Kids don’t develop skills on a strict timetable. For example, some babies start walking as young as 9 months, while others don’t take their first steps until 15 months. Both of those babies are within the range of typical development. And minor differences in when kids perform a skill usually aren’t cause for concern.

But a developmental delay is more than just being “slower to develop” or “a little behind.” It’s a substantial lag. It means your child is continually behind in skills other kids his age have. For example, a baby who isn’t rolling over by 4 months may be just a little behind in that one skill. But if he also isn’t able to hold his head up and push up when lying on his tummy, he’s behind in more than one motor skill. That’s a sign of a developmental delay.

However, a developmental delay is often diagnosed when a child does not reach their developmental milestone when expected. They can range from minor to something more significant. They might simply be late talkers, late walkers, late eaters, late toileters, etc. or, they might also have more pressing needs such as seizures, health problems, lack of communication etc. Developmental delays can be an early sign of a learning or attention issue. Early detection and intervention is important to help your child develop skills.

Do you suspect that your child might have a developmental delay? If your child isn’t catching up as quickly as expected, the school can do formal testing to find out more about your child’s strengths and weaknesses. The tests show how kids’ skills compare to those of their peers. They also show how kids think and solve problems. The results can help to determine whether a child has a learning or attention issue. It’s not always easy to make the link between delays and learning or attention issues until kids start school. That’s when teachers can see how kids do in areas like math, reading and spelling. They can also see how well kids focus in class.

Five Areas of Skill Development and Possible Delay

A developmental delay can occur in just one area or in a few. A global developmental delay is when kids have delays in at least two areas. Kids develop skills in five main areas of development:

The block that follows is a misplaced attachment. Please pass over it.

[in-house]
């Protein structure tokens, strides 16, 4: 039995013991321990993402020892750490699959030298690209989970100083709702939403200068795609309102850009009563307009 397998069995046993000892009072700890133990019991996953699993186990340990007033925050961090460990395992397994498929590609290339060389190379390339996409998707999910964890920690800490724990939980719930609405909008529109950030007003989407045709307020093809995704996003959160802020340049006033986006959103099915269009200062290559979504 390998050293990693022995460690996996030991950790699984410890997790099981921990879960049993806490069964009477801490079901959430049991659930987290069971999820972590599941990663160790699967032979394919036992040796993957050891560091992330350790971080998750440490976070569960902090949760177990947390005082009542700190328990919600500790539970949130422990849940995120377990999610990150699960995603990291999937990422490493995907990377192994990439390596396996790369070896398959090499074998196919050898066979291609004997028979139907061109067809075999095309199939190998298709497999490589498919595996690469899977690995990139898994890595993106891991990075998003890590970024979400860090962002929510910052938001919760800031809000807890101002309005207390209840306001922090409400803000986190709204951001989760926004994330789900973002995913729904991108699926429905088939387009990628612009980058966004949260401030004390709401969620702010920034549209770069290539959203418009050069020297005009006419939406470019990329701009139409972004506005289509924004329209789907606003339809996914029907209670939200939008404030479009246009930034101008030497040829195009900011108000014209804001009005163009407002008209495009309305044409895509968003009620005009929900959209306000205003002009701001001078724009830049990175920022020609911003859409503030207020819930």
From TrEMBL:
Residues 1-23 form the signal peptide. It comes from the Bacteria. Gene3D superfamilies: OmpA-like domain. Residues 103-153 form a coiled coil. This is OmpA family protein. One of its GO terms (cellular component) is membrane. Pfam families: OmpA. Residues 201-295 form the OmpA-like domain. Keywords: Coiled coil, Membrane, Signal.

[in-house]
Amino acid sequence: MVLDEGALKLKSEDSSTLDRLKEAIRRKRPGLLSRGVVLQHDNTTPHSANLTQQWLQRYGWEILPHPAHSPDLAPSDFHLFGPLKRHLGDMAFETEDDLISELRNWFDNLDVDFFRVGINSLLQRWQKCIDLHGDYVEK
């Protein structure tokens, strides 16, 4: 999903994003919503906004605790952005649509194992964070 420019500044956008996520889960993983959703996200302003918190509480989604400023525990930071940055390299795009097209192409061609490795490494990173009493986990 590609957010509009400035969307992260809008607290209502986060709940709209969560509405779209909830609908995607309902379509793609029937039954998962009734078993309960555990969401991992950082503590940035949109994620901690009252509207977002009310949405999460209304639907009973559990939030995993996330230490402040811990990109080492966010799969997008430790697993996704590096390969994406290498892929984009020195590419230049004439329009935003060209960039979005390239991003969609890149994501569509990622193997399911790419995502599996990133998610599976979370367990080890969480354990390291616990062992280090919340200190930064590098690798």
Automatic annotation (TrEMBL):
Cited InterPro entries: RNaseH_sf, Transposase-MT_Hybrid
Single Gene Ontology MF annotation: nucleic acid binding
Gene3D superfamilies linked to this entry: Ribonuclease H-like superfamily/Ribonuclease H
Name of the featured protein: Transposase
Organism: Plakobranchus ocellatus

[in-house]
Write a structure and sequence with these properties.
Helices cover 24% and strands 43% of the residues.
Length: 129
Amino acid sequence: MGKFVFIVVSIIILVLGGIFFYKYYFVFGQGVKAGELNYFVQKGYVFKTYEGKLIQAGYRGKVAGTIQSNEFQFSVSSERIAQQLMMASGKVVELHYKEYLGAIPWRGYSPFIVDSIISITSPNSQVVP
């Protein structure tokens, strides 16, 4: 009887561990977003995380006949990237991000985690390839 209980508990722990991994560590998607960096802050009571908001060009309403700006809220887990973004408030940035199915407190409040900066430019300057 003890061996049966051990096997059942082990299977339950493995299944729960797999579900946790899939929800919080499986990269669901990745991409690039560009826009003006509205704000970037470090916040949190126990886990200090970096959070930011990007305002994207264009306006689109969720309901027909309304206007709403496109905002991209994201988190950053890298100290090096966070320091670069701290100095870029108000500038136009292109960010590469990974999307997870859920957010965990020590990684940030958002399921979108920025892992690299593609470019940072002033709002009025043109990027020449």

1. Cognitive (or thinking) skills: This is the ability to think, learn and solve problems. In babies, this looks like curiosity. It’s how your child explores the world around him with his eyes, ears and hands. In toddlers, it also includes things like learning to count, naming colors and learning new words.

2. Social and emotional skills: This is the ability to relate to other people. That includes being able to express and control emotions. In babies, it means smiling at others and making sounds to communicate. In toddlers and preschoolers, it means being able to ask for help, show and express feelings and get along with others.

3. Speech and language skills: This is the ability to use and understand language. For babies, this includes cooing and babbling. In older children, it includes understanding what’s said and using words correctly and in ways that others can understand.

4. Fine and gross motor skills: This is the ability to use small muscles (fine motor), particularly in the hands, and large muscles (gross motor) in the body. Babies use fine motor skills to grasp objects. Toddlers and preschoolers use them to do things like hold utensils, work with objects and draw. Babies use gross motor skills to sit up, roll over and begin to walk. Older children use them to do things like jump, run and climb stairs.

5. Activities of daily living: This is the ability to handle everyday tasks. For children, that includes eating, washing their hands, dressing and bathing themselves.

To learn more about the developmental milestones of your child, please click the link specific to your child’s age below:



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